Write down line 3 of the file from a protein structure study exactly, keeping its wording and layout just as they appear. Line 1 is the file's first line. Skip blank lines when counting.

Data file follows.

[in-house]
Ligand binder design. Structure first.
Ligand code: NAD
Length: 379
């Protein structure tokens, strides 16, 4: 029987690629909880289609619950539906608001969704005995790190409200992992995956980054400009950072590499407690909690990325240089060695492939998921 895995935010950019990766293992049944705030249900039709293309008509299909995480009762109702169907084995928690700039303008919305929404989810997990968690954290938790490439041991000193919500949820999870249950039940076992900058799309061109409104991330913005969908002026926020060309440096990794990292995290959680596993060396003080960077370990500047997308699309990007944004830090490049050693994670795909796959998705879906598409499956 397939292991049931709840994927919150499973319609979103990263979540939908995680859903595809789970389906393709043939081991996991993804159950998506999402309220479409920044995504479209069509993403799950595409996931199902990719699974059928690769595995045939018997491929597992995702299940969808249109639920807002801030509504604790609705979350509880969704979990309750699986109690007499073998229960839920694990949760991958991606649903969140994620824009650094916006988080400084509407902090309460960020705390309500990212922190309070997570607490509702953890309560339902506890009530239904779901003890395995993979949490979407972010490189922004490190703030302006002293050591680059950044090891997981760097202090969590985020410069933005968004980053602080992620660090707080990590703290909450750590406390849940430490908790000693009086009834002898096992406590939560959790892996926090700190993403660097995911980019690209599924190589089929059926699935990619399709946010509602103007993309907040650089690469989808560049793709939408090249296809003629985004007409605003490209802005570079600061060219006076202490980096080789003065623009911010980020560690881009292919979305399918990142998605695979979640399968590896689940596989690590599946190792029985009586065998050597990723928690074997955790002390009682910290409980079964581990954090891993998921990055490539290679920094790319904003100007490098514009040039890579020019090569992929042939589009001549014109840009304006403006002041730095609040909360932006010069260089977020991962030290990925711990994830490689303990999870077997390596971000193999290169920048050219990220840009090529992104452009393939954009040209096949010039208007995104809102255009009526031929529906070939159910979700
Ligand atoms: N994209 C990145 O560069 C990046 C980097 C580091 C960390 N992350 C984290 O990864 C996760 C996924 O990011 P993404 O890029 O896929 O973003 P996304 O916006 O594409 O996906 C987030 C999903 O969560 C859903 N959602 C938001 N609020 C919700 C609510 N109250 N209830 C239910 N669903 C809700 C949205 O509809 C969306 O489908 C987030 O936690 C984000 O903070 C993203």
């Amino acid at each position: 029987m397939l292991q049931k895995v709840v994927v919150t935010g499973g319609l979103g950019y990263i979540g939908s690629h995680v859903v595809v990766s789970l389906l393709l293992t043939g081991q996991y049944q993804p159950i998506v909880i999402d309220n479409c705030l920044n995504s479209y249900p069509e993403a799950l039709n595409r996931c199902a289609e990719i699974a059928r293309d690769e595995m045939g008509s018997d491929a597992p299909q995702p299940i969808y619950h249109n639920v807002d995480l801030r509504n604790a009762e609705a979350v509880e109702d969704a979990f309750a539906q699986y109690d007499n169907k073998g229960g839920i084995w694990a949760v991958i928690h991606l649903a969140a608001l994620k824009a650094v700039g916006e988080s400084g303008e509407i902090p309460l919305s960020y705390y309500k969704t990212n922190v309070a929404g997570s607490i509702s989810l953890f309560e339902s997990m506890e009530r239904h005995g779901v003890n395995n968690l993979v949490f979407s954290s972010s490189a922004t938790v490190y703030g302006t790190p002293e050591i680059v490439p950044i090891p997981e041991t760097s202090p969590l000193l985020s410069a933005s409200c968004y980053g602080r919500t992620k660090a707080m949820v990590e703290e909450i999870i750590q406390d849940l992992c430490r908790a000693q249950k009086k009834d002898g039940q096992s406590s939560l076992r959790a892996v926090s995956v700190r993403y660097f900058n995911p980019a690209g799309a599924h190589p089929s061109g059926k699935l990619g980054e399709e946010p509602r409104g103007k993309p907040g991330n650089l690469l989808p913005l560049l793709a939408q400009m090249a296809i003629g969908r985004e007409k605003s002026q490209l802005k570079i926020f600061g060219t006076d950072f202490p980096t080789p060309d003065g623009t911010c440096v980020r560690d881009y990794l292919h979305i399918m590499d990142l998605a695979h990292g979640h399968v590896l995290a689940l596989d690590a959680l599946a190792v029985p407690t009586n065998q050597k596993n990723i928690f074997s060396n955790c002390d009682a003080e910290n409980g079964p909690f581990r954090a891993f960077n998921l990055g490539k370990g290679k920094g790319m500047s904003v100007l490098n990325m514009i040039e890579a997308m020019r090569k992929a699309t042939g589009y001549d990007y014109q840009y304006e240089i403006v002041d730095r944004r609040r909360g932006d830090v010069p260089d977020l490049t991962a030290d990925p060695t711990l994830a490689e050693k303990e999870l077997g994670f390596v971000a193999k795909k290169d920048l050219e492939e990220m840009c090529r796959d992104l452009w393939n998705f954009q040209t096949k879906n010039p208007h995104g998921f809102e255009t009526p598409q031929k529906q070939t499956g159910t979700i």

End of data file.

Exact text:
Ligand code: NAD